• 1. "HUN SEN HOLDS NEWS CONFERENCE IN PHNOM PENH," BBC Summary of World Broadcasts, November 20, 1991.
  • 2. "CAMBODIA; Khmer Rouge radio gives details of captured Vietnamese officer in Cambodia," BBC Summary of World Broadcasts, December 30, 1991.
1992

Full Implementation

The Khmer were not convinced that the UNTAC and the government of Cambodia did enough to make sure the infiltration of Vietnamese troops did not occur along the Vietnam-Cambodia border. The Khmer demanded UNTAC deploy its troops along the border.3

On June 5, 1992, the Voice of Vietnam external service reported that the Vietnamese Foreign Ministry sent two notes confirming that no Vietnamese troops were left in Cambodia and that the Vietnamese military aid to Cambodia had been cut out. The notes added that by the end of 1989, Vietnam had completed the withdrawal of its troops, weapons, and military equipment from Cambodia. This confirmation had made an important contribution to the signing of the Paris agreement in Cambodia. Since the signing of the peace accord on Cambodia, Vietnam has consistently implemented the agreement. Now, as in the past, Vietnam has not infiltrated its troops and equipment into Cambodia. Prince Sihanouk himself has affirmed this fact. The head of the UN office in Cambodia also pointed out that there was no evidence of the Vietnamese military presence in Cambodia.4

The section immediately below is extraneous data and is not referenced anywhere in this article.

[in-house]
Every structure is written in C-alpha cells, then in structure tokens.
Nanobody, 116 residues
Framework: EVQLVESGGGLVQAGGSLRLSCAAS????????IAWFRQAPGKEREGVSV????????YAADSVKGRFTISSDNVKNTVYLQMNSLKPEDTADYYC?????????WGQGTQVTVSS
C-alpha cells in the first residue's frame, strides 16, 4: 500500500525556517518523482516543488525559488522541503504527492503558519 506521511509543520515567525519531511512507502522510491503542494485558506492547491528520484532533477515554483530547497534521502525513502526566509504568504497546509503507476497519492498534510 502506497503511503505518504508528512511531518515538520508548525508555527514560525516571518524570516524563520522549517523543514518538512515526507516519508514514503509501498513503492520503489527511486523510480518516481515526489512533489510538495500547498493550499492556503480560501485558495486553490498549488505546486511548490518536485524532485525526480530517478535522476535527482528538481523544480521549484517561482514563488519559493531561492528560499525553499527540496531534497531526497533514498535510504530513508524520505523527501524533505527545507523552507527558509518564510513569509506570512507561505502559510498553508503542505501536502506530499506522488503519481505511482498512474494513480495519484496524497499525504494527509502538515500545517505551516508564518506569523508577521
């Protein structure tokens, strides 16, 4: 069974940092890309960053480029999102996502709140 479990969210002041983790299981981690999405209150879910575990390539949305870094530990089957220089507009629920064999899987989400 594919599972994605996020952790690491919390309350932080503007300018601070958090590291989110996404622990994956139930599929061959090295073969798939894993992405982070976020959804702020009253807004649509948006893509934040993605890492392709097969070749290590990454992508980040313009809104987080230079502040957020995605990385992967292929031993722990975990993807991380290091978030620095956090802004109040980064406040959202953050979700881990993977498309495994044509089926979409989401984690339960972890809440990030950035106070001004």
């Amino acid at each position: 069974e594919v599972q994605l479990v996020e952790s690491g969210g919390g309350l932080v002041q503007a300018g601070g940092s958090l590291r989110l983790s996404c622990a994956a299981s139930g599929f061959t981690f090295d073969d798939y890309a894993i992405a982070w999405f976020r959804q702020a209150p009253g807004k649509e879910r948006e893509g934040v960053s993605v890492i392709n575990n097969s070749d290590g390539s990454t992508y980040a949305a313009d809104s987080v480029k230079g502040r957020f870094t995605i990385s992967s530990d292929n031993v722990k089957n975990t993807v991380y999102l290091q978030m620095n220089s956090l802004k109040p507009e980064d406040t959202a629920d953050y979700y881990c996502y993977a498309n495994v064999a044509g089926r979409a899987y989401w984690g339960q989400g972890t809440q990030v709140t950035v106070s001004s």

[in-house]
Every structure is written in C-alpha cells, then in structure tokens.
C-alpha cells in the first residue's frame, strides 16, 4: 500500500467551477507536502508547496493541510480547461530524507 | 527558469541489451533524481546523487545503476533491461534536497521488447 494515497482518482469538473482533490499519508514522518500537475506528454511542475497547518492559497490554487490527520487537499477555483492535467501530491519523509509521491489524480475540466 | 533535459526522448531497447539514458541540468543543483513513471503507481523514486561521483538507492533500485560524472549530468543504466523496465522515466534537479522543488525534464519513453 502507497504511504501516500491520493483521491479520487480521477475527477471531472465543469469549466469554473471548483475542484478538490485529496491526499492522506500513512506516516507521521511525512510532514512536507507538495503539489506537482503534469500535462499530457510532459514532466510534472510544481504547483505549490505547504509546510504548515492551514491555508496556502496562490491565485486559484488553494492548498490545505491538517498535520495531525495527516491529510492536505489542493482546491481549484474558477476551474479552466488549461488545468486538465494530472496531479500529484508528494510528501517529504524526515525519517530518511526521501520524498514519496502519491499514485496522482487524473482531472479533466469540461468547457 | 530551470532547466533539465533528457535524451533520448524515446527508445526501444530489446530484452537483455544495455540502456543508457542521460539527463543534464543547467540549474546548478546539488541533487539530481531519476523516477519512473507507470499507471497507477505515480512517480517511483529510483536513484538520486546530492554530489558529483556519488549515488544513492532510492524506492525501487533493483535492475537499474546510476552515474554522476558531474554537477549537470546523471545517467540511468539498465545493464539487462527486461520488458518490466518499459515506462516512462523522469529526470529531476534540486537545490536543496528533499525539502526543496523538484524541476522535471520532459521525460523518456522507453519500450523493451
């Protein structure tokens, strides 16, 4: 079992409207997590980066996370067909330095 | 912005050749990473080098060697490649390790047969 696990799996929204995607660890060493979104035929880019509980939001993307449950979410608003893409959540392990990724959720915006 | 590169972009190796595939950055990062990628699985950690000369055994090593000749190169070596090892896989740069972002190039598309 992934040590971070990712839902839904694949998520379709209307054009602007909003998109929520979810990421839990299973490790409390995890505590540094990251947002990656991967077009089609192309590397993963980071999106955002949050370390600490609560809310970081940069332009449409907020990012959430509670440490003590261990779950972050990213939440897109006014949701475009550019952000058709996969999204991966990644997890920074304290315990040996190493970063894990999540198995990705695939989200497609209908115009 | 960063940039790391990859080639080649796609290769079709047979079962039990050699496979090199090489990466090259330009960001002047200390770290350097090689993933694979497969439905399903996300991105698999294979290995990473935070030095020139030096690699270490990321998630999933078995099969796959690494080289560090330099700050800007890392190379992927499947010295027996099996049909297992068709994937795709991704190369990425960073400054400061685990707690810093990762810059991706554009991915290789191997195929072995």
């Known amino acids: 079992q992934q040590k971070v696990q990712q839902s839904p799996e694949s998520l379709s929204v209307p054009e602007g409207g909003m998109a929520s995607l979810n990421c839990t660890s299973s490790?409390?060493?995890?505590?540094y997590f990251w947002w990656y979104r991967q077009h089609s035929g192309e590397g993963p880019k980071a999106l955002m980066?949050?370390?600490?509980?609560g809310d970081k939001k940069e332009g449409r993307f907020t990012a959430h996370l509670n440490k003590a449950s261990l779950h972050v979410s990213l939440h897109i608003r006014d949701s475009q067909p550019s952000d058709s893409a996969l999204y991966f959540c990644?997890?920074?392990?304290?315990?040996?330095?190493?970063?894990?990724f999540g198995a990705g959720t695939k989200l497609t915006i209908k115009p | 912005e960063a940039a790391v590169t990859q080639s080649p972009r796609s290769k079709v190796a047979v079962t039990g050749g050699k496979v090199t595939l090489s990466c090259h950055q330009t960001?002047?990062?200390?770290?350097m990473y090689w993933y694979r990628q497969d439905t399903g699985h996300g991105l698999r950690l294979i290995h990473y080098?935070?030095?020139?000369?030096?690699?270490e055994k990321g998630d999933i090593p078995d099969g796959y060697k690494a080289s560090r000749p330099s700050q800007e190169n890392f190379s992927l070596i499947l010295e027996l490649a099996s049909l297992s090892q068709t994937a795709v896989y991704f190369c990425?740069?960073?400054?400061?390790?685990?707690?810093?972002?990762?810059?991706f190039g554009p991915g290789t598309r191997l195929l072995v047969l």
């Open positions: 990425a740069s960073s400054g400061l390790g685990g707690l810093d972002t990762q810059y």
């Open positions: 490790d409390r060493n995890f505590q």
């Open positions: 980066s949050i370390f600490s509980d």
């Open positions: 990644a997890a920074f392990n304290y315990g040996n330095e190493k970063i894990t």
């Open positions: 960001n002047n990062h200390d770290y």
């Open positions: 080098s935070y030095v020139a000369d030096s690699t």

In the SNC meeting held on July 23, 1992, the UNTAC chief recalled the Vietnamese government’s statement that “all Vietnamese troops left Cambodia between 17th July 1982 and 26th September 1989. This statement named the divisions, regiments and battalions involved; the places from where those troops were withdrawn; the types of materiel; the dates; numbers of troops; and the roads they took to return to Vietnam. That statement emphasized that Vietnam no longer had any troops, weapons or materiel left on Cambodian soil, and that Vietnam has not sent troops, weapons or materiel back to Cambodia.”5 In the same meeting, the UNTAC chief told SNC that the UNTAC had personally supervised Cambodia's national defense institution and arranged a number of measures to verify that all foreign troops, advisers and military personnel had left Cambodia and would not be able to return absolutely. Checkpoints had been set up along the borders between Cambodia and its three neighboring countries. Mobile military units had also been employed to monitor and investigate whether foreign troops remained in Cambodia.